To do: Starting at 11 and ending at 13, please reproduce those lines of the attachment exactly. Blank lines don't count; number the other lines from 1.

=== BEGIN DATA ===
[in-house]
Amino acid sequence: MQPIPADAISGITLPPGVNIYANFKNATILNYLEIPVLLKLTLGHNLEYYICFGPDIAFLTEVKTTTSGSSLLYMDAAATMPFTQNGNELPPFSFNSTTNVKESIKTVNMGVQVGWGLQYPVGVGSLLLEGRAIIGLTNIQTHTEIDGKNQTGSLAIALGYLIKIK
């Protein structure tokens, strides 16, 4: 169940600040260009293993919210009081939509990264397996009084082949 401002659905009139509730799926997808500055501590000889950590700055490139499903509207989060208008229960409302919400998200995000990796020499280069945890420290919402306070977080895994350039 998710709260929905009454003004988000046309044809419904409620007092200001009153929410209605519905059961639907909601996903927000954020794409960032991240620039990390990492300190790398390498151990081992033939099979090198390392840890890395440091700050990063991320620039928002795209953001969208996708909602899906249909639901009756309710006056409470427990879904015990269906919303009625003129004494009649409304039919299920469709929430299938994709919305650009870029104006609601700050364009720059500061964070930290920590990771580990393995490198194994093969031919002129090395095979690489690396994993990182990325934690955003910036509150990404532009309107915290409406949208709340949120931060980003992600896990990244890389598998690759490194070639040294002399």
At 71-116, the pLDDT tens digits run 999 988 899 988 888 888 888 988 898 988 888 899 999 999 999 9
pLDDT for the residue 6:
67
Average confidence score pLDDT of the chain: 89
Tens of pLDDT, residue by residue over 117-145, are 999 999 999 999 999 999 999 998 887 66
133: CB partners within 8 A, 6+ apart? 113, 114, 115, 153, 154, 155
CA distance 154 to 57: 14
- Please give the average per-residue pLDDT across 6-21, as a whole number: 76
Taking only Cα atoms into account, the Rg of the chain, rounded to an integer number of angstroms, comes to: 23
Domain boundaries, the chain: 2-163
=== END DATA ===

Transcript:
- Please give the average per-residue pLDDT across 6-21, as a whole number: 76
Taking only Cα atoms into account, the Rg of the chain, rounded to an integer number of angstroms, comes to: 23
Domain boundaries, the chain: 2-163